“Escalation” is a little tool storytellers employ to build drama in a tale. The opening of a story sets a normal base level, and as it moves forward the lives of our protagonists get progressively better or progressively worse. At the family dinner table, stories that move in the positive direction work amongst friends, but not-so-much in film. Heartache and tragedy always win the Oscar.
From director Collin Schiffli, All Creatures Here Below is a downhill slide for the young couple, Gensan (David Dastmalchian) and Ruby (Karen Gillan). When the pizza restaurant Gensan works at converts to “carry out” only, he is downsized setting off a steady barrage of bad luck events and bad decisions.
For Gensan and Ruby, they live a “one check away” lifestyle in the low rent area of Los Angeles. With Gensan out of work, Ruby also manages to lose her job cleaning a local church because she was caught in an area she wasn’t supposed to be in. Careless mistake?
Gensan is an angry man. This anger simmers, and Gensan must make efforts to control it. Ruby, on the other hand, has been dulled by the traumatic events in her past. The film presents a slow reveal of Ruby and Gensan’s abuse at a young age, and both are coping with it differently.
“…he is downsized setting off a steady barrage of bad luck and bad decisions.”
After losing his job, Gensan cashes out his last paycheck and gambles all of it on a cockfight on the east side of L.A. As the match ends, the police raid the fight. In the commotion, one of the organizers grabs the cash from the day and takes off with it. Gensan follows him to his car and demands his winnings. A struggle ensues, and Gensan winds up killing the man, taking the money, and stealing his car.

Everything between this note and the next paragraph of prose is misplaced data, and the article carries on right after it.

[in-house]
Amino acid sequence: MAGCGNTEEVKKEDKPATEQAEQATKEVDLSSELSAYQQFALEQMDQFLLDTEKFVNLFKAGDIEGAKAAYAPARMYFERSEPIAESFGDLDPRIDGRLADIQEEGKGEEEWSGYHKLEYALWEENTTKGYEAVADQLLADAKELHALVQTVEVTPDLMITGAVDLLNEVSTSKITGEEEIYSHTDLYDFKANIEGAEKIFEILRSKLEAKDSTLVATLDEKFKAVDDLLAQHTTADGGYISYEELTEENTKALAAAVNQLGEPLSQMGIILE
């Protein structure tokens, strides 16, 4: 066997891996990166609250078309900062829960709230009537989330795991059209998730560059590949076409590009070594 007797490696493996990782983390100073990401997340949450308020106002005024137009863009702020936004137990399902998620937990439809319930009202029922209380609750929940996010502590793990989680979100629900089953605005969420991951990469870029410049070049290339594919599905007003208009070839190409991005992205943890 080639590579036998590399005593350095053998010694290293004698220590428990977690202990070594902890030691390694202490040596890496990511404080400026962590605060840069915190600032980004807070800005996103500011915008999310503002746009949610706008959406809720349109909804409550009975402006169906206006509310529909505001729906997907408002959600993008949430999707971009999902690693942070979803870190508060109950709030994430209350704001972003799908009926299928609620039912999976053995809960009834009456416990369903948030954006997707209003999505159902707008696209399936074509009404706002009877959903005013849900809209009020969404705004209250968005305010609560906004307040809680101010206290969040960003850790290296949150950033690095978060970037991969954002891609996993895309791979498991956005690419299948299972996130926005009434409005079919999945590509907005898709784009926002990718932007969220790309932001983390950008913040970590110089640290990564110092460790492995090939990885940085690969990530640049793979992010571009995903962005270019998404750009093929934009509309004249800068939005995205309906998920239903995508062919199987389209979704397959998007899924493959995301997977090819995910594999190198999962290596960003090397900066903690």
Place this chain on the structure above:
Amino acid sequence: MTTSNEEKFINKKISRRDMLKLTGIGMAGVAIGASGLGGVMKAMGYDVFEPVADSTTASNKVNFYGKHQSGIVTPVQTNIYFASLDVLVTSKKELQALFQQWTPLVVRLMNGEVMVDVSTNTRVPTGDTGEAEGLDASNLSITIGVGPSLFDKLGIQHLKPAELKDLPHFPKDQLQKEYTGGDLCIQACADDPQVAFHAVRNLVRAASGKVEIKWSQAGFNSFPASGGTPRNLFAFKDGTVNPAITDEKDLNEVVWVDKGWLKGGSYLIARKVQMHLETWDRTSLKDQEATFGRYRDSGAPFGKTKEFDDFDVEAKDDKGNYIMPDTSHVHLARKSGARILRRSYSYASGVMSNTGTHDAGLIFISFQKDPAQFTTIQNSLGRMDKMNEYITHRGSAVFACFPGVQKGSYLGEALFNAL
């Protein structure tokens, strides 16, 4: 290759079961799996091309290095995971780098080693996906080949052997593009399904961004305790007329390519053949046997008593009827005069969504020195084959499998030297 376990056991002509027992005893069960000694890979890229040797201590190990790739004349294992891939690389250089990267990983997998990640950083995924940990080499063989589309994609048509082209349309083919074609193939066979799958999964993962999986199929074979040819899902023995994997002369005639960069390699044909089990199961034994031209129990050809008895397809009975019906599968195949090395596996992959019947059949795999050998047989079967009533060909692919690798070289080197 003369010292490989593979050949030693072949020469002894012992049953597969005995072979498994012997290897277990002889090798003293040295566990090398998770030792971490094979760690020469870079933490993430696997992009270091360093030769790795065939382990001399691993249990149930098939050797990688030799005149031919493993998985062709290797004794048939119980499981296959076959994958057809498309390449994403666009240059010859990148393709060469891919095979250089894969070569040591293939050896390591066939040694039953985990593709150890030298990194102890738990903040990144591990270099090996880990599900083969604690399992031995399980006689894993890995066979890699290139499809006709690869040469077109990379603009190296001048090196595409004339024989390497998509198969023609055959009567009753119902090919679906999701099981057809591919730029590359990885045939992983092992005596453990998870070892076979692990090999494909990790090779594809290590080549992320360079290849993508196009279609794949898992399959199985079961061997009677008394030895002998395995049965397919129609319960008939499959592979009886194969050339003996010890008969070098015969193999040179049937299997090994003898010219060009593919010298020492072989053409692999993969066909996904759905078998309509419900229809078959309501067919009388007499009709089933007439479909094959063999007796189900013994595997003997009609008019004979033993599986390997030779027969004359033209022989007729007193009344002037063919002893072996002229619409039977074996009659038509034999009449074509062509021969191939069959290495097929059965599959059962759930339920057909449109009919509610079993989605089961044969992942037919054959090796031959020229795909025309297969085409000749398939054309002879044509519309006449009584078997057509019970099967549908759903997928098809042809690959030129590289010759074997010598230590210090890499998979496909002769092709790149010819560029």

Meanwhile, Ruby is left alone with only her thoughts. She begins to hear a baby’s cry triggering a vision of a baby she once had. When she comes to, Ruby spots a baby crying alone in the apartment window across from her.
Dodging the police, Gensan has Ruby take a bus and meet him at a stop across town. He plans to take Ruby away from L.A. until the heat from the cockfight incident cools off. Things get complicated as Ruby arrives with a large cardboard box containing the baby.
“…want so much for the situation to work itself out and it’s so painful when it doesn’t.”
All Creatures Here Below primarily follows the lead character Gensan played by the film’s writer David Dastmalchian. Gensan just wants to find a place of peace and safety, but life will have nothing to do with it. He places himself in an illegal cockfight that escalates to murder. Thinking he can merely flee the state, Ruby intensifies their problems with the kidnapping. Gensan’s need to control everything is continually thwarted either by the law chasing them or by Ruby‘s delusions of motherhood.
This is not a happy film. It’s not meant to be. Dastmalchian and Gillan have created two very wounded and flawed characters, but likable as hell. “Hell” is a good descriptor. You want so much for the situation to work itself out and it’s so painful when it doesn’t. I was right there with Gensan feeling control slip from his fingers, his moments of clarity quickly clouded by circumstance, and his final look on his face at the end.
Let me end on this, All Creatures Here Below does place a spotlight on the wounded and abused adult-children wandering the streets of America. There’s no overt message of the problem in the film, but you know they’re there like ghosts blended into the background and this is one of many tales to be told. It’s clearly a story that has ruminated in the mind of Dastmalchian for quite a while. You’ll like All Creatures Here Below because you connect with the leads and their story and want to take part on their journey…for better or for worse.
All Creatures Here Below (2018) Directed by Collin Schiffli. Written by David Dastmalchian. Starring David Dastmalchian, Karen Gillan, David Koechner, Jennifer Morrison, Richard Cabral, John Doe. All Creatures Here Below made its world premiere at DT LA Film Festival.
8 out of 10 stars